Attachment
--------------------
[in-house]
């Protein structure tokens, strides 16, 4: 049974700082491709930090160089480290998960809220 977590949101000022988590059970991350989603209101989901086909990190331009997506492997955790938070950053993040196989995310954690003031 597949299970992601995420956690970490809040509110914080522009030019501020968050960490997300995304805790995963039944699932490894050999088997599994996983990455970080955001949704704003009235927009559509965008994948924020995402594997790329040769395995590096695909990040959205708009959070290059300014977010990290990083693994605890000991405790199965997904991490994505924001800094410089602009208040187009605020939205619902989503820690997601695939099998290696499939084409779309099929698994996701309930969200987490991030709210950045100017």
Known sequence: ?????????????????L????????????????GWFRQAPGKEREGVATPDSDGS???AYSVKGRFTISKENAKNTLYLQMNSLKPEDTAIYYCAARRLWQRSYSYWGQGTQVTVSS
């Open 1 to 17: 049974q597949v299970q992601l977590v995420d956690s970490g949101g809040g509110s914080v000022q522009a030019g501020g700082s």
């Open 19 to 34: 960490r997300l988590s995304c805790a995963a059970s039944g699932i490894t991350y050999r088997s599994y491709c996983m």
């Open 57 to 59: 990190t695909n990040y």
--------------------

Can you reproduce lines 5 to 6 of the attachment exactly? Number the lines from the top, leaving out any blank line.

């Open 19 to 34: 960490r997300l988590s995304c805790a995963a059970s039944g699932i490894t991350y050999r088997s599994y491709c996983m």
């Open 57 to 59: 990190t695909n990040y």